Review: dying light 2 – stay human

After numerous postponements finally appears in a few days, two years late, with Dying Light 2 – Stay Human the long-awaited sequel to the zombie parcours hit from Polish studio Techland. What lasts long, finally becomes good?

Update: Now with story

Dying Light Was praised by many at the time of its release. But the story was rarely mentioned in a bigger way. The developers at Techland wanted to change this and got Chris Avellone (u.a. Fallout-franchise) and some storywriters from CD Projekt RED, who are already working on the game The Witcher III: Wild Hunt with well-known support on board – and this was a wise decision. One of the big pluses of Stay Human is namely its story and how it presents itself.

Review: dying light 2 - stay human

In Dying Light 2 – Stay Human we first learn that the events of the predecessor are twenty years in the past and the world has virtually perished. A zombie virus has taken over and wiped out much of human civilization as we know it. All remaining humans are also infected with this virus, but can prevent or delay the outbreak of the disease by skillful use of their so-called biomarkers (i.e. bracelets that inform about the degree of infection in real time) as well as the consumption of certain mushrooms and the use of UV radiation – but more about that later on. In this bleak world, we now meet Aiden Caldwell, who is searching for his missing sister Mia. He is a so-called pilgrim, who – usually – doesn’t stay anywhere for a long time and leaves great distances behind him, exposing himself (unintentionally) to great dangers again and again. The "profession" of the pilgrims is not particularly popular with the people, but useful. Are pilgrims after all traveled far, can give an overview of other settlements and could for errands and unpleasant disputes sometime still become useful. This is reminiscent in some ways of Witcher from the video game series of the same name.

Review: dying light 2 - stay human

Quests, quests, quests

His search soon leads Aiden to one of the last, larger, civilized human settlements. This is called Villedor and is sarcastically referred to as "Paradise" by Hakon, a resident friend of the place. Once in Villedor, Aiden soon learns that there are, broadly speaking, two major factions: The Peacemakers and the Survivors. Both are always in conflict with each other, which Aiden can use for his purposes. In order to find his sister, the pilgrim must – contrary to what he actually wants and had planned – repeatedly interfere in the concerns of the inhabitants. In the process, however, he gets to know them better and better and learns numerous stories that come nicely packaged in quests.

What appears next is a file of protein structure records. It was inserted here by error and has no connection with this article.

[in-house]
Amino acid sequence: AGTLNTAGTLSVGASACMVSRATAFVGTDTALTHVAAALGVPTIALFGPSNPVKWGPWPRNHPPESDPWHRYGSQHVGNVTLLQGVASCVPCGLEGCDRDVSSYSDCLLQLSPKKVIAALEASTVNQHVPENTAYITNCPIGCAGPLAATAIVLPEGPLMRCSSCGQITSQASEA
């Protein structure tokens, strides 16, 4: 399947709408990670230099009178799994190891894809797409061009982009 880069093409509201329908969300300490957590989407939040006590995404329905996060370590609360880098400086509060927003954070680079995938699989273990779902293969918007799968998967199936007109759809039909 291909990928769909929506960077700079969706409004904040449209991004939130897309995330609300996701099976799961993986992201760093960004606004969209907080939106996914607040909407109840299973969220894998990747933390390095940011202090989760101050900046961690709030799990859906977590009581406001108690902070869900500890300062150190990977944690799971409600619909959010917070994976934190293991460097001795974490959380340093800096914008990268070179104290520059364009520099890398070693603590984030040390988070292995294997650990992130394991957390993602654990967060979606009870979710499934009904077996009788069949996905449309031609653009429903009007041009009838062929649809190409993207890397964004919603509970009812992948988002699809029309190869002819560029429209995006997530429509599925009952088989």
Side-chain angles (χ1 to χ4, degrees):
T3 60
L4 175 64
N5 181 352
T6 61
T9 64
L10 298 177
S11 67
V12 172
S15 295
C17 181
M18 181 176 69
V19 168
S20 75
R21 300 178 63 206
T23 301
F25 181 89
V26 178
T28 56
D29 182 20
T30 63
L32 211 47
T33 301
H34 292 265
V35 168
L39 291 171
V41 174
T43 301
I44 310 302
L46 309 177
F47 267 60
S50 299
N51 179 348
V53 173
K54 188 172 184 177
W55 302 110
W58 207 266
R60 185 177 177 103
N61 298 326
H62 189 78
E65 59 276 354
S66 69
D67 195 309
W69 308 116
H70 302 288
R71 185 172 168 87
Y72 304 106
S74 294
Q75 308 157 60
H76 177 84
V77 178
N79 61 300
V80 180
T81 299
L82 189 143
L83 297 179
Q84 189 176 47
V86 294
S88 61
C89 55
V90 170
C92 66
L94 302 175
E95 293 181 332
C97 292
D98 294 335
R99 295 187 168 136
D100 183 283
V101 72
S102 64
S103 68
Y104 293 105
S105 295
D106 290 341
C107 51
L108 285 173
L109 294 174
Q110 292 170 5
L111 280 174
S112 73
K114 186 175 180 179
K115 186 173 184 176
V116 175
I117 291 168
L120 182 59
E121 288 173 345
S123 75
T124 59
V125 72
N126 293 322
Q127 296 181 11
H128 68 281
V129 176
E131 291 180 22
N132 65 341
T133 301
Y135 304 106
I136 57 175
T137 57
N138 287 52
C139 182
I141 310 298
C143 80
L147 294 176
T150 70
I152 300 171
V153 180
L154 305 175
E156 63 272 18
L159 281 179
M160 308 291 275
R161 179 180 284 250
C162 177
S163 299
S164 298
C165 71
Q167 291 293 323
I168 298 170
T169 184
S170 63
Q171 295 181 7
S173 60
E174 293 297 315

Review: dying light 2 - stay human

These are often difficult to assess in their scope. Namely, sometimes quests end very quickly and abruptly, and sometimes they fan out further and further, rapidly gaining speed in the process. Basically, these are always the heart and engine of the sequel and (therefore) place great emphasis on the detailed fleshing out of the characters with their fates and their peculiarities.

Review: dying light 2 - stay human

Did someone say Open World?

Dying Light 2 is an open world game and doesn’t reinvent anything in this respect either. Villedor in its districts presents itself very classically in this respect. There are even "towers" that have to be/can be unlocked as bases. Here one notices very clearly that the beginning of the development and the conception of the game already lies some years back. This is also evident in the graphics of the zombie sequel. While the game is really nicely realized in places, you can tell that the main focus of development may have been on the last-gen consoles (PlayStation 4 and Xbox One). This doesn’t have to be a bad thing at all (even if we’re now starting to wish for games explicitly designed for next-gen).